Charles P. Duane played a leading part in the beginnings of our city, but today his name is practically unknown. He arrived here in 1849 when just 20' years old. He was active in organizing the St. Francis Hook and Ladder Company.
In 1853, he was elected Chief when he was only 24 years old. He had already been Assistant Chief for a year. Chief Duane held office two years, declining a third term.
One story told about his career is not only typical of the man but the conditions of the pioneer times.
Shortly after organization of the department in 1850 there had been an explosion of the boiler of the river steamer Sagimore, about to start for Sacramento. Several were killed and 30 injured, the latter being taken to Peter Smith's Hospital, Clay, near Mason. Ten days later, and while the injured were still there, the hospital went afire.
Duane, with another fireman, finally got to the garret where it was believed patients had been trapped. All others had been removed. Here the two lay on the floor to escape the smoke and yelled to see if any were up there. They found themselves trapped by flames, broke a hole in the roof and then became involved in a heated argument as to whom should go first. Both wanted to be the last to leave. They both finally got to the edge of the roof and to a ladder, going down as flames burst through the windows. Flames singed their hair as they went. It was at this fire that Duane, only a fireman, established himself as a great firefighter.
By: Frederick J. Bowlen, Battalion Chief, S.F.F.D. (1939)
Duane, Charles P. was Chief Engineer of the Volunteer Fire Dep't, 1853-54. It was on account of Gov. Bigler's pardon of him for an assault on one ball, that the grand jury appeared before County Judge Campbell, on Sept. 10, 1851, and demanded to be discharged. The Judge refused their request. The fatal shooting of Col. Wm. G. Ross, with whom Duane disputed about the ownership of a piece of land, occurred on May 23, 1866. D. was tried in the 12th District Court, and acquitted on Oct. 31, 1866. In the Assembly, in 1855, D. presented a portrait of Henry Clay to that body; that was the only California Assembly which ever had a Whig speaker (W. W. Stow). On Feb. 13, 1856, Silas Selleck, a Know Nothing Assemblyman from Placer, afterwards a well-known resident of S. F., moved to have this portrait of Clay removed, as being a caricature; the motion was lost. Duane died at S. F., May 13, 1887; he was a native of Tipperary, Ireland, aged 58. A graphic account by Duane with some amusing features, of the duel between David C. Broderick and J. Caleb Smith, at Oakland, in 1852, is in Ben. Truman's "Field of Honor." Broderick's pistol was borrowed from Duane, and had been presented to the latter by John A. McGlynn, in 1850.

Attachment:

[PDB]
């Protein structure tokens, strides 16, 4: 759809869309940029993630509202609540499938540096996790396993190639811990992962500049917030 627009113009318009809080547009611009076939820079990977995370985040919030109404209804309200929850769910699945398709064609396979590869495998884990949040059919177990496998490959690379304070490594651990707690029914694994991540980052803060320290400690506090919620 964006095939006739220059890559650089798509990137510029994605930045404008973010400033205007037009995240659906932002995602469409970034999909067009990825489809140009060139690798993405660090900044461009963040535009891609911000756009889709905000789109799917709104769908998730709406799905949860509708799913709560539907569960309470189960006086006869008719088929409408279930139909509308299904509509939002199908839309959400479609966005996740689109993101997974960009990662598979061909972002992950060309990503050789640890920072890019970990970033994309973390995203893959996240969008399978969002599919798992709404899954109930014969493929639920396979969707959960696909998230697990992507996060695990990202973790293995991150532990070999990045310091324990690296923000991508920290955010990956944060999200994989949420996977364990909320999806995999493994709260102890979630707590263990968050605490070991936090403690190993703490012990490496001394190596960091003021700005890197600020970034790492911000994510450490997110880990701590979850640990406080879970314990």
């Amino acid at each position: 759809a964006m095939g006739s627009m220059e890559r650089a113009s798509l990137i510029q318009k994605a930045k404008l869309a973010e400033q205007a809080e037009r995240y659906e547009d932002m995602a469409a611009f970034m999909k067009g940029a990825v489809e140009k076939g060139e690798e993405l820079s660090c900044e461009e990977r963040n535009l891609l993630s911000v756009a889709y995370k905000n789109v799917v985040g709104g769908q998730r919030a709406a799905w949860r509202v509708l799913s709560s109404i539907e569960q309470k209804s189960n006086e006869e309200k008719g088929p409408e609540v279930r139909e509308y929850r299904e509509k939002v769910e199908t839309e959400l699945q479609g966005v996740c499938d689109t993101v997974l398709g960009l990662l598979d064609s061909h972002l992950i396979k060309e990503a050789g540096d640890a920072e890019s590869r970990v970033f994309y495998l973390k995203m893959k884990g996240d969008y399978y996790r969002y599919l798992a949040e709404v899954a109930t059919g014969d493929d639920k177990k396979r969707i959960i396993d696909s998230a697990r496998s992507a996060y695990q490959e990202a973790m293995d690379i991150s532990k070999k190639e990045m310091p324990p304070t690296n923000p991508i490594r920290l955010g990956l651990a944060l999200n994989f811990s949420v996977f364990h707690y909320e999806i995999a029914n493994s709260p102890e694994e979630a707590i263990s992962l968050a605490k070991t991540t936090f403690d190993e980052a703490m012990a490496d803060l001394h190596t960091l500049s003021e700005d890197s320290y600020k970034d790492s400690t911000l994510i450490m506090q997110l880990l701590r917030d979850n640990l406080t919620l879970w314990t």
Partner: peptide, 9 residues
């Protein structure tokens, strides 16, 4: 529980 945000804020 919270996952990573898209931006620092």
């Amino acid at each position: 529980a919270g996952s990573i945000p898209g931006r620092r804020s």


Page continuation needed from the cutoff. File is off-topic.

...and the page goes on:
Source: San Francisco Genealogy
Broderick, David C. and J. Caleb Smith fought in 1852, at a spot which is now the foot of Broadway, Oakland. They used navy revolvers, at ten paces. S. escaped injury, but one of his shots struck the watch in B.'s pocket, and the fragments of the watch slightly cut B.'s stomach; this was S.'s second shot, and B. received it while he was engaged in freeing the cylinder of his pistol from the exploded cap which had caught in it; both parties then emptied all their barrels, after which the seconds established peace. So many people had gone to the dueling ground from S. F., in small boats, all through the previous night, that they could not all get back the same way without great delay, and many secured horses and got home by way of San José. Chas. P. Duane's account of this duel, and of the laughable part he played in connection with it, is to be found in Ben Truman's "Field of Honor."
Source: San Francisco Genealogy
Back to the Top